Hands-down the most popular of the essential oils used today, the health benefits and healing properties of lavender were discovered more than 2,500 years ago. A powerful antioxidant with antimicrobial and sedative properties, it’s easy to see why this natural remedy has been used for so much of human history.
The History of Lavender
A purple flower from the mint family known for its beauty and sweet aroma, it didn’t take long for humans to realize the benefits of lavender.
The Bible contains many references to lavender, particularly in the “Song of Solomon.” Additionally, lavender is one of the “holy herbs” required for preparation of the Holy Essence—a blend of extracts from a range of essential oils.
The ancient Greeks were some of the first to experiment with lavender as a natural remedy. In fact, it was such a large part of their culture that cities were named after it. The Greeks called lavender “nardus,” and gave its name to the city of Naarda in modern-day Syria because of its plentiful lavender supply.1 Lavender was also a major part of the ancient Roman economy and lifestyle; they used it to clean their beds, baths, clothes, and hair, while also using it in medicine.
Ancient Egyptians used lavender in embalming practices as well as cosmetics. Researchers have discovered large amounts of lavender incorporated into King Tut’s tomb. Egyptian high priests and members of the royal family used lavender in massage oil and medicine. This makes it one of the most sought-after plants in Ancient Egypt.
Queen Elizabeth and Lavender
In Europe, Queen Elizabeth I was known to use lavender frequently. She used it when steeping her tea for migraine relief and regularly added it to her baths. Queen Elizabeth was so fond of lavender that she instructed English farmers to grow fields of lavender. Many of these still dot the English landscape today. Henrietta Maria of France, the wife of King Charles I, was the first queen to bring cosmetics to England royalty. She incorporated lavender into many cosmetic products, while King Charles VI of France had the cushion of his throne stuffed with lavender.2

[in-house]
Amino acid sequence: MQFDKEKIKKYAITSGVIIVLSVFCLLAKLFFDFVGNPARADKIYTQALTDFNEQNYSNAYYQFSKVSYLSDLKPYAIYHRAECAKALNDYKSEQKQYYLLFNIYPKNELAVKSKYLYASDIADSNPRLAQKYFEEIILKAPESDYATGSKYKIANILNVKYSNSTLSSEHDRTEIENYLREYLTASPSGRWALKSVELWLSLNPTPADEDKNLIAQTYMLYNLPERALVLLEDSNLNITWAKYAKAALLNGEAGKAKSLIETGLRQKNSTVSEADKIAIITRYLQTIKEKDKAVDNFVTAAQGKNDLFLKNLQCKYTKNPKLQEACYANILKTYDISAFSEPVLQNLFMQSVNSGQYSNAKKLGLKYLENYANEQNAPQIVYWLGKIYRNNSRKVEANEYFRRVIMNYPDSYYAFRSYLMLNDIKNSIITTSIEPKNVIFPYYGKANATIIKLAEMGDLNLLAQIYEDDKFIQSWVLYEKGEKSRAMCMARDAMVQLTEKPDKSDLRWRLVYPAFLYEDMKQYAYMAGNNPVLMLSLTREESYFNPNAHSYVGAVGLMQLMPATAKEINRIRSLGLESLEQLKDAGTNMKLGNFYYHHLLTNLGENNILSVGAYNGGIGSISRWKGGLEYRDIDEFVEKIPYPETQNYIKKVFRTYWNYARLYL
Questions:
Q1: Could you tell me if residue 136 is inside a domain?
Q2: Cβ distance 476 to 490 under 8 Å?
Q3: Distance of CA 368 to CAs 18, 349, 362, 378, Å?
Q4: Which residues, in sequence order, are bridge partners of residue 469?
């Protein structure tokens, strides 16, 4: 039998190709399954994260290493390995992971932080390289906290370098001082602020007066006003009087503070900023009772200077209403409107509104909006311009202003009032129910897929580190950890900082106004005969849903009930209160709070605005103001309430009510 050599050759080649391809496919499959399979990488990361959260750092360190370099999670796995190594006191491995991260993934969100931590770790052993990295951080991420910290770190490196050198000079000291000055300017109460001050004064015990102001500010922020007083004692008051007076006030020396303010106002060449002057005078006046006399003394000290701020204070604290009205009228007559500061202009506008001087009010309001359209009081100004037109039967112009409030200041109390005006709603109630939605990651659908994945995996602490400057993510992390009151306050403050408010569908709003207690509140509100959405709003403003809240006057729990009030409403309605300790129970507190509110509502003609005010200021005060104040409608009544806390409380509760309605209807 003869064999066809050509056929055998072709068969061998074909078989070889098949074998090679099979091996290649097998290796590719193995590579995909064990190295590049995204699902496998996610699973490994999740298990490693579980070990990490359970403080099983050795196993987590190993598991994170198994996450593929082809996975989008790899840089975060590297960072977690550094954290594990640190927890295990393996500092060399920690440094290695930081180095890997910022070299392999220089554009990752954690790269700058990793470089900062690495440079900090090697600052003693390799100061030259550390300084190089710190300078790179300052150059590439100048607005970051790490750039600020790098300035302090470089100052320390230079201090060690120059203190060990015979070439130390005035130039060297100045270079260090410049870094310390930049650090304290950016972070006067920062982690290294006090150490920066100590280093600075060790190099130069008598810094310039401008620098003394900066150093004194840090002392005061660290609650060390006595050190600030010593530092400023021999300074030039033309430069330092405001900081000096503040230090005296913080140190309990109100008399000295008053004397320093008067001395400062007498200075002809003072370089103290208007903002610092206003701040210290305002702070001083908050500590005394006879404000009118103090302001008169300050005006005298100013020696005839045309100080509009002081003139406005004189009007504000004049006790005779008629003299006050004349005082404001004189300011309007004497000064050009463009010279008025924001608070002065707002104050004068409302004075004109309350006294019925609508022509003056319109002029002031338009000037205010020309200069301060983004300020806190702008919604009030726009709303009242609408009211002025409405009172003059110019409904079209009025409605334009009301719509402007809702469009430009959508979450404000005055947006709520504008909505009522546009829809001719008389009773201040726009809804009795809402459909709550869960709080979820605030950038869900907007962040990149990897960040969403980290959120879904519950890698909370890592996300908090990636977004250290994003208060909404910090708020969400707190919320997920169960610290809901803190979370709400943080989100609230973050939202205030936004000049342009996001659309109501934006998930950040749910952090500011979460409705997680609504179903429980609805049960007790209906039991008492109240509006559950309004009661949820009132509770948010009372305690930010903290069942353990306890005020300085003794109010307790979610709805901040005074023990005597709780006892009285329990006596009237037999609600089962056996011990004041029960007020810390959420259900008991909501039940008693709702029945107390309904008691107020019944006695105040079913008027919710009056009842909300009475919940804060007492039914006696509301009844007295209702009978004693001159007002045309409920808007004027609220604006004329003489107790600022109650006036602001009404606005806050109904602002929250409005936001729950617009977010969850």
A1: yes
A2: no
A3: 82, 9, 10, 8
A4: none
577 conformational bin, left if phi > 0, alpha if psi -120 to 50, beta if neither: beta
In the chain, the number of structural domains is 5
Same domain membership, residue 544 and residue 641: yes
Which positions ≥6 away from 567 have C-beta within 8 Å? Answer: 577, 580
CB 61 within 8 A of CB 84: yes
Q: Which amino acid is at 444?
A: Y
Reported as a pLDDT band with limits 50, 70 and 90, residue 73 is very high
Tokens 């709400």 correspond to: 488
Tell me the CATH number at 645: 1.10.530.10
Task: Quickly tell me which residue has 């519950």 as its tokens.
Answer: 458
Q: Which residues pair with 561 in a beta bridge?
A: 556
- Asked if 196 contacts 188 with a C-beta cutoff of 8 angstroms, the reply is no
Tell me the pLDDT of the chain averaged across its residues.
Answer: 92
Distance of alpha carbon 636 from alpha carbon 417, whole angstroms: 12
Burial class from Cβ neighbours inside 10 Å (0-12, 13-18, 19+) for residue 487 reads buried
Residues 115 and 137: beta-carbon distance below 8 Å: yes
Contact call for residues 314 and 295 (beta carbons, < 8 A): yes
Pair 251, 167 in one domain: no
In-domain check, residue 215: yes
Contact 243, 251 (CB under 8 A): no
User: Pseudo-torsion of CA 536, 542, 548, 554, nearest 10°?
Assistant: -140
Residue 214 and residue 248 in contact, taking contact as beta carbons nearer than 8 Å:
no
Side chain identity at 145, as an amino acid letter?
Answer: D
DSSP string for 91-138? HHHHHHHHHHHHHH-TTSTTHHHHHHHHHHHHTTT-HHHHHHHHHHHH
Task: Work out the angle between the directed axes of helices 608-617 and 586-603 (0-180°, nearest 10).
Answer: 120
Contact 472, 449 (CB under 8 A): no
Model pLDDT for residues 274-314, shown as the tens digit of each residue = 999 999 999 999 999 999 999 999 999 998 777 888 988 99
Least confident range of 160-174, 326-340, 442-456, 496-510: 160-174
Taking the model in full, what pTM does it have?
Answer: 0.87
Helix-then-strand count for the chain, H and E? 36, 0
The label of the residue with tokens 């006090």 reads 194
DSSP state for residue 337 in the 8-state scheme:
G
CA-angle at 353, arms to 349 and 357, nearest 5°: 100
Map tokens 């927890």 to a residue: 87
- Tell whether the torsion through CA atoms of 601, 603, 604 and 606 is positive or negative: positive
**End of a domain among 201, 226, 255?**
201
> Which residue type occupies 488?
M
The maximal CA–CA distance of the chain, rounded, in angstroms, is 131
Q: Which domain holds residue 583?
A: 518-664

The Paleo Diet theory has gained significant recognition within the health industry, and many individuals are embracing the diet for […]
The Paleo diet can have a positive impact on your health in a variety of ways. Not only can it […]
Flaxseed carrier oil, also known as linseed oil, is a carrier oil that is great for those with sensitive skin. […]
Later in history, Queen Victoria made lavender fashionable during her reign, with vendors throughout England selling it on the street. Fresh lavender was cut and dried, used to wash walls and furniture, and even used to repel insects.3 A Victorian-era suburb of London called Mitchell became a hub for lavender sale and production at this time, and lavender products produced in Mitchell became famous around the world.
It is lavender’s underlying chemistry that allows for the diversity in its uses. A range of biochemicals, terpenes, and acetates account for the healing properties of lavender. Though dozens of compounds make up lavender essential oil, the most important ones include:
- Linalyl acetate
- Lavandulyl acetate4
These terpene agents work together to provide the antiseptic, analgesic, anticonvulsant, antistatic, antiviral, antibacterial, and decongestant properties.5 Each of the biochemical agents is beneficial on its own, but when combined together they result in the unique chemistry of lavender essential oil, making it more potent and powerful.
Uses for Lavender Essential Oil
Right off of the bat, the benefits of lavender essential oil include, but aren’t limited to alleviating stress and anxiety, improving cognitive function and memory, speeding up the recovery of burns and wounds, improving sleep quality, clearing up the skin, and eliminating pain or tension.6 Lavender essential oil is best used topically—with the help of a carrier cream—or used aromatically through a diffuser.
You’d be surprised at just how versatile lavender essential oil is as an all-natural healing agent. Some of its most important properties are highlighted below.
Protection Against Toxins
One of the most impactful benefits of lavender essential oil is its ability to fight free radicals, dangerous toxins and chemicals, and bacterial and viral infections in the body. Studies have shown that lavender is a powerful antioxidant that fights against harmful agents in the body.
Free radicals are responsible for everything from aches and pains to central nervous system disorders. The body’s natural response to free radicals is the release of powerful antioxidants. This is a response mimicked by lavender essential oil when it produces similar antioxidants, such as glutathione, working to destroy free radicals as well as repair the pre-existing damage.